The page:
W3C home > Mailing lists > Public > public-webapps@w3.org > January to March 2014

Re: Extending Mutation Observers to address use cases of

From: Jonas Sicking <jonas@sicking.cc>
Date: Wed, 12 Feb 2014 14:33:02 -0800
Message-ID: <CA+c2ei_n1M0806PO2w5+Bw00fTDbOby9ux_e4iUx0sro=fnFqA@mail.gmail.com>
To: Ryosuke Niwa <rniwa@apple.com>
Cc: Rafael Weinstein <rafaelw@google.com>, "Olli@pettay.fi" <olli@pettay.fi>, Bjoern Hoehrmann <derhoermi@gmx.net>, "public-webapps@w3.org WG" <public-webapps@w3.org>, Erik Arvidsson <arv@google.com>, Anne van Kesteren <annevk@annevk.nl>
On Wed, Feb 12, 2014 at 2:08 PM, Ryosuke Niwa <rniwa@apple.com> wrote:
> On Feb 12, 2014, at 11:23 AM, Rafael Weinstein <rafaelw@google.com> wrote:
>> In a certain sense, you can extend the argument that CE callbacks should be MO records, and you arrive at the conclusion that you don't need Custom Elements at all -- that everything can be implemented with Mutation Observers. But the point of Custom Elements is two fold:
>>
>> 1) To allow implementation of Elements by user-space code in roughly the same model as privileged code.
>> 2) To explain the platform.
>>
>> Put another way: the *implementation* of an element simply needs to be privileged in some respects. For custom elements, this means
>>
>> a) There can only be one. I.e., we don't allow multiple registration of the same element: Primary behavior is the domain of custom elements, secondary behavior is the domain of Mutation Observers
>> b) Callbacks need to fire ASAP. It's important that the implementation of an element get a chance to respond to events before other concerns so that it can create a synchronously consistent abstraction
>
> I'm not convinced that only custom elements require a synchronously consistent abstraction.

I want to be *very* careful about exposing synchronous callbacks.
While I'm sure a lot of authors will ask for it, it's a tremendous
footgun.

The first type of footgun that it is is that authors can footgun
themselves when using these callbacks. For example by accidentally
calling into external code while they are in an inconsistent state.
Another thing to remember here is that you can only really have one
consumer that truly receives synchronous callbacks. The moment you
have two observers it means that the second observer doesn't have time
to react before the first observer runs. This can be a problem both
for the first observer, since it sees a world where the mutation has
happened, but where the second observer hasn't had time to react to
it, and for the second observer, since the world can have changed
under it before it has had a chance to react to a mutation.

The second type of footgun is that by adding synchronous callbacks, we
are limiting our own ability to extend and optimize the platform since
we have to worry about JS callbacks running at inopportune times. So
by adding synchronous callbacks, we're footgunning ourselves.

>> To my mind, Custom Elements callbacks really *should* be fully sync (yes, including firing createdCallback during parse), but various technical and security constraints make that impossible.
>>
>> In short, Custom Elements and Mutation Observers are servicing very different needs. Custom Elements are privileged, but limited and singular (I can only react to changes in myself and I'm the only responding party), while Mutation Observers are unprivileged, pervasive and multiple (I get to respond to anything in the document, and there are likely other parties doing work in the same place I am).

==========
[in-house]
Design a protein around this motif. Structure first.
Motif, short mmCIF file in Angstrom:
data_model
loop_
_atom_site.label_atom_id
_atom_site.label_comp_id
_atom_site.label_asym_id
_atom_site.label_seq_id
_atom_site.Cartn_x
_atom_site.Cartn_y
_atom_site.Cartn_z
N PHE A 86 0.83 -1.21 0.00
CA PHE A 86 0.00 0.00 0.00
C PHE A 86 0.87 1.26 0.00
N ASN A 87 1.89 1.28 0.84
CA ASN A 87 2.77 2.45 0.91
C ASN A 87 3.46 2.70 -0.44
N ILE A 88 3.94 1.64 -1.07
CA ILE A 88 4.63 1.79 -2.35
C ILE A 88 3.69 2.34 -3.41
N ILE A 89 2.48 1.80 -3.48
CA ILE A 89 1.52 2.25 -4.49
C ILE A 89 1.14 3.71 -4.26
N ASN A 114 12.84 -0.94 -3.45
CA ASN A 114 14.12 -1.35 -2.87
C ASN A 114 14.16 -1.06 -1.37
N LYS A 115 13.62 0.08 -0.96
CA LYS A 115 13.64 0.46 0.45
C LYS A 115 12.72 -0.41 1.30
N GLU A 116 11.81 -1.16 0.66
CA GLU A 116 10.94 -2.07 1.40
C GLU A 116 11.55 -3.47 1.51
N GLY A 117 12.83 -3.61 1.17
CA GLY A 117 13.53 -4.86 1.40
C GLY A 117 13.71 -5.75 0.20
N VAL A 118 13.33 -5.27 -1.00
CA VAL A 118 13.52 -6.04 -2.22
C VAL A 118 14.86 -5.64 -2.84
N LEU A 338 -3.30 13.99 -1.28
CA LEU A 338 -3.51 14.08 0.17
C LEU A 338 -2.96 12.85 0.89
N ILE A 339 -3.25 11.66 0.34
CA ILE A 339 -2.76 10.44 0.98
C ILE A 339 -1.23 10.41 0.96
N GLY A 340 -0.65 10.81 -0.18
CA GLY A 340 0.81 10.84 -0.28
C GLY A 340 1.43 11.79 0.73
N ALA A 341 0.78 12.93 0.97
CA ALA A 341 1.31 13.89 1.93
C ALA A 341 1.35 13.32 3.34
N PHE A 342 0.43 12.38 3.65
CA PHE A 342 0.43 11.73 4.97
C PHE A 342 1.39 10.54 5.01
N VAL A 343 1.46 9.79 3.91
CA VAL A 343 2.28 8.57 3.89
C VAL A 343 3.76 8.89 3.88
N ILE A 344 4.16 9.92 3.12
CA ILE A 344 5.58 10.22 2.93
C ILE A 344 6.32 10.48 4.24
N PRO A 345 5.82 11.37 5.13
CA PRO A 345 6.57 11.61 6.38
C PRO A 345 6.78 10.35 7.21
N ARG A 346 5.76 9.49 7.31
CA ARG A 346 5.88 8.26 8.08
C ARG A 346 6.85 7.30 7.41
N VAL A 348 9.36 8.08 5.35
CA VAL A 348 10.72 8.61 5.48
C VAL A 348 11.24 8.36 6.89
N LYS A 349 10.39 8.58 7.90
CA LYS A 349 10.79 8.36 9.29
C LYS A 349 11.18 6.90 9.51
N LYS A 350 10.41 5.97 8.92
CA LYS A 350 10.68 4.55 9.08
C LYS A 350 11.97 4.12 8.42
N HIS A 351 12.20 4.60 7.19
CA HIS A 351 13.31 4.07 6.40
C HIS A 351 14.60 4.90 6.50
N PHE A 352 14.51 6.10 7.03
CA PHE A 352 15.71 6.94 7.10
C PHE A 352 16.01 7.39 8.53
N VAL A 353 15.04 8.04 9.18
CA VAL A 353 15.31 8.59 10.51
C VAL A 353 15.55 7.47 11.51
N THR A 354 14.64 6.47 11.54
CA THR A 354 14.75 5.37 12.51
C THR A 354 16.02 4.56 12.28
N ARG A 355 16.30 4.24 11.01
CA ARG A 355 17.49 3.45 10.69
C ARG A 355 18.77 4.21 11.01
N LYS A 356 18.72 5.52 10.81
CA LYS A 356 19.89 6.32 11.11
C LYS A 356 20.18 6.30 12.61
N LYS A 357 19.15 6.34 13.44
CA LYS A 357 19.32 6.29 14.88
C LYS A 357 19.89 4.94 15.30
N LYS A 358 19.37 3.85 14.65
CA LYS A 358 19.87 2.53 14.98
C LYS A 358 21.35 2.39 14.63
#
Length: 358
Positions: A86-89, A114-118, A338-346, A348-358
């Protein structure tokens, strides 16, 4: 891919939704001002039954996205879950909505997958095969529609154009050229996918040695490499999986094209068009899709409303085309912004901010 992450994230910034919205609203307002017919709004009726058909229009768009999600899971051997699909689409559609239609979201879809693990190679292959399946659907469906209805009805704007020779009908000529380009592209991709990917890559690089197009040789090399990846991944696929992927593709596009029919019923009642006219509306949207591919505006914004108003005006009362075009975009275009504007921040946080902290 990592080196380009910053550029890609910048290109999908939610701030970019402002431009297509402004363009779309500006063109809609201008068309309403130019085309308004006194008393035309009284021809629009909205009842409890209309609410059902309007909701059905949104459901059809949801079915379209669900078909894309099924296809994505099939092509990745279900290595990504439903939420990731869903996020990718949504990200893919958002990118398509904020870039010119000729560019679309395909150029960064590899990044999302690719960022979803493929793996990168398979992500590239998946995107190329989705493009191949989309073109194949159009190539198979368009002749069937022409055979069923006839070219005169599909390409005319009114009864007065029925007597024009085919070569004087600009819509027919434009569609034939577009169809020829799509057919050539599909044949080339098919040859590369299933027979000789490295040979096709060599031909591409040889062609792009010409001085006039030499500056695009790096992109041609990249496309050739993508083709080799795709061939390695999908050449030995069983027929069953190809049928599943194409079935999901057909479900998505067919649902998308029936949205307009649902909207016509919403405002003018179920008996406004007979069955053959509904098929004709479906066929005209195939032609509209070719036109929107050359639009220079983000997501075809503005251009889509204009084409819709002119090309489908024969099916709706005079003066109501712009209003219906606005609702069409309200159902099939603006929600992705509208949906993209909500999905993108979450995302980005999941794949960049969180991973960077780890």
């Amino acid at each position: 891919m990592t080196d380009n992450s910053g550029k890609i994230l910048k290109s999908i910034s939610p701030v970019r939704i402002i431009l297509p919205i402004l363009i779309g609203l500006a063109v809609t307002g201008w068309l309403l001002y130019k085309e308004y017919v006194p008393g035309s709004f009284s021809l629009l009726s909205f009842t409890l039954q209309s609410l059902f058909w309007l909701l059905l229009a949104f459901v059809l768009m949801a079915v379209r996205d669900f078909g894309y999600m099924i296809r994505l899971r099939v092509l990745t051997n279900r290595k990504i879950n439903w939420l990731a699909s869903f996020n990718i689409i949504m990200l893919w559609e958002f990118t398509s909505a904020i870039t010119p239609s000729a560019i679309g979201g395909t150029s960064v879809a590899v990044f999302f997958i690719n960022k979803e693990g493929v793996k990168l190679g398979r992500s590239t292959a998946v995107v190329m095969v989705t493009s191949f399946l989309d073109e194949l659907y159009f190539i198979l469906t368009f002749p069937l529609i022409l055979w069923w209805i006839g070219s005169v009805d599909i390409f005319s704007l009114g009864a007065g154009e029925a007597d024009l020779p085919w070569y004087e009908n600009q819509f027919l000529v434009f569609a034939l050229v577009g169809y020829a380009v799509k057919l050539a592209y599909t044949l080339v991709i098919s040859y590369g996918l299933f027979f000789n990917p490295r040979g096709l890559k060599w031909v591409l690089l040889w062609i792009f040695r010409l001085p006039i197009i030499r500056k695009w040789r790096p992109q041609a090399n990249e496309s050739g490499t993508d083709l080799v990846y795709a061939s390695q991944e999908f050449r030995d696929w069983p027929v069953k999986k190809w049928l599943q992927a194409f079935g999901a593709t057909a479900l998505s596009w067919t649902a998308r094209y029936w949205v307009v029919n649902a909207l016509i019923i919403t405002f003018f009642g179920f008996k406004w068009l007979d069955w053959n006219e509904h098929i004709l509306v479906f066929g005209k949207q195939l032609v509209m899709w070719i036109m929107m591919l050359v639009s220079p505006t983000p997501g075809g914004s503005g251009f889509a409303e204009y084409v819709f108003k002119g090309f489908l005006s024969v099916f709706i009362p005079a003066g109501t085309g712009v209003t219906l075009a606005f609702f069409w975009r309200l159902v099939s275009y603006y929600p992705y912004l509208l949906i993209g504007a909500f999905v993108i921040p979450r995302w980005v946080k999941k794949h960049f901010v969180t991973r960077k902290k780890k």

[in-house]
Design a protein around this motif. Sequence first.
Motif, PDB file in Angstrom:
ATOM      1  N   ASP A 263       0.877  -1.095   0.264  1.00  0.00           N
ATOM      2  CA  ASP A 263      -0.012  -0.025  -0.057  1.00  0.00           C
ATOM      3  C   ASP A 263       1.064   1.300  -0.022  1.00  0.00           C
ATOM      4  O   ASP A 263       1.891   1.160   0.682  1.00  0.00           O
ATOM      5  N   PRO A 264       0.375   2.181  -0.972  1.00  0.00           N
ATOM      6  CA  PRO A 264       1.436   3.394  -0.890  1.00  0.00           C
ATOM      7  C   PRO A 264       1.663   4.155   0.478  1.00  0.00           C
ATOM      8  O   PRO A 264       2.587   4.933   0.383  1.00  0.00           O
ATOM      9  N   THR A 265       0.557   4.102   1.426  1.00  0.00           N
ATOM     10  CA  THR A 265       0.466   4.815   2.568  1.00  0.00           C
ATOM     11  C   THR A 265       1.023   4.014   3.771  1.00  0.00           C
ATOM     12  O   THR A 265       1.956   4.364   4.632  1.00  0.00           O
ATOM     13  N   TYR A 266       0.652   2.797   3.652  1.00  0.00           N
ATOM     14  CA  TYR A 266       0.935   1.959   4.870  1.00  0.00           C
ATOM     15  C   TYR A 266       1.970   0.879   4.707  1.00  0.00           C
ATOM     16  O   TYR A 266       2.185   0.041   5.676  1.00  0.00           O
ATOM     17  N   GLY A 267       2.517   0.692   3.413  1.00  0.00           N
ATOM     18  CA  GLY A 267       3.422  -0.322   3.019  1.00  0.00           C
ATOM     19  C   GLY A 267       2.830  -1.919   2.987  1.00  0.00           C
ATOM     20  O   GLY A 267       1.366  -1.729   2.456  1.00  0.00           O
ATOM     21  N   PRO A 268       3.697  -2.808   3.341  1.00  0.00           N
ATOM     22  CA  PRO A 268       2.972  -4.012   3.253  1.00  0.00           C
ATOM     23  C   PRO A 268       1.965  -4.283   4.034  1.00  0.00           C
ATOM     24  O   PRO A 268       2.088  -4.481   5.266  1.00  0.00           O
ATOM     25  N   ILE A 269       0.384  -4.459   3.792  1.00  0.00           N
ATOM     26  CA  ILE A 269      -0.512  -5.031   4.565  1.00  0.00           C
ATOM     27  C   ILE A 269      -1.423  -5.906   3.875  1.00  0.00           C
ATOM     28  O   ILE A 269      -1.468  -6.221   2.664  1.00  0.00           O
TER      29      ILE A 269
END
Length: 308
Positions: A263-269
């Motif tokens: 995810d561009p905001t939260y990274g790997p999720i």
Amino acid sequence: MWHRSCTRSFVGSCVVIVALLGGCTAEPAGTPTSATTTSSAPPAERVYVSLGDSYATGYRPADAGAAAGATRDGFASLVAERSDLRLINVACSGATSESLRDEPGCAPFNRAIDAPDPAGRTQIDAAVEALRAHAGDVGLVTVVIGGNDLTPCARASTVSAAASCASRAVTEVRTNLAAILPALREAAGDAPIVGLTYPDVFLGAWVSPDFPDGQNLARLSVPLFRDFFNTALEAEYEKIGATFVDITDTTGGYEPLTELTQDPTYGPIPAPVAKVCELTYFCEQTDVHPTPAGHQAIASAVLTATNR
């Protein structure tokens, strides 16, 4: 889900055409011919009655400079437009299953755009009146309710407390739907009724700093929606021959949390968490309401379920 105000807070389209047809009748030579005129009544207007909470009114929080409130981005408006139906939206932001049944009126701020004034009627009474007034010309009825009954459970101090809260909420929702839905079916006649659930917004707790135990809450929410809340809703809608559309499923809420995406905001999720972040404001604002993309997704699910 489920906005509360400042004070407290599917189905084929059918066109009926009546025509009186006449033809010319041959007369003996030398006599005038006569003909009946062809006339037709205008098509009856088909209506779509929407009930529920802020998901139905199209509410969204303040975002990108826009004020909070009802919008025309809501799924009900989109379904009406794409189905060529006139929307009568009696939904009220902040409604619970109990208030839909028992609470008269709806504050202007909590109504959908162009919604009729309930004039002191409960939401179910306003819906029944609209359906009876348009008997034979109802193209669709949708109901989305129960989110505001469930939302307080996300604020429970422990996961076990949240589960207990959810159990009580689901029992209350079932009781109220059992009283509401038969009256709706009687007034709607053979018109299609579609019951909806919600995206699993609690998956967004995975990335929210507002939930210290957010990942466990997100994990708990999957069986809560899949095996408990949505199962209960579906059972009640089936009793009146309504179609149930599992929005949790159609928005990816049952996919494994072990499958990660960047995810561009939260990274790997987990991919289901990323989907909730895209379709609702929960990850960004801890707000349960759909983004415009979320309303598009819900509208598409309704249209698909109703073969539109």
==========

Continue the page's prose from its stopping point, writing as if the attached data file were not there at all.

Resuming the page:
>
> The problem I have with this approach is that we'll then end up with not two but three parallel API for observing DOM mutations that each has its own delivering/dispatching mechanism and timing: mutation events, mutation observers, and custom elements.  API fragmentation like that can't be good for the platform.

Hopefully mutation events can go away. In gecko we have since August
2012 warned authors whenever they are used that they are going to be
removed. We've gotten very little feedback (none that I know of) that
this is a problem.

>> I think there's an argument to be made that Mutation Observers *should* be extended to allow for observation of trees which include DOM reachable through shadowRoots. The motivation for this would be to allow existing de-coupled concerns to operate faithfully in the presence of custom elements implemented with shadowDOM. The obvious concern here is that de-coupled code may interfere with the implementation of elements, but that's no more true with custom elements than it is today, and shadowRoot is imperatively public, it's consistent to allow MutationObservers to continue to fully observe a document.
>
> I think this would be a nice opt-in feature; component authors should be able to choose whether or not to expose its internal DOM in embedding documents.

For now Mutation Observation never crosses shadow DOM boundaries. When
we add that ability I think it needs to be explicitly opted into, and
even when explicitly opted into, it should not cross the boundary into
private shadow DOM trees.

In short, I think this is an orthogonal discussion, and should follow
the decision of the open/close debate. This is just one more aspect of
how shadow DOM nodes can be exposed and should follow the policies
that are used elsewhere.

/ Jonas
Received on Wednesday, 12 February 2014 22:34:13 UTC

This archive was generated by hypermail 2.4.0 : Friday, 17 January 2020 18:14:21 UTC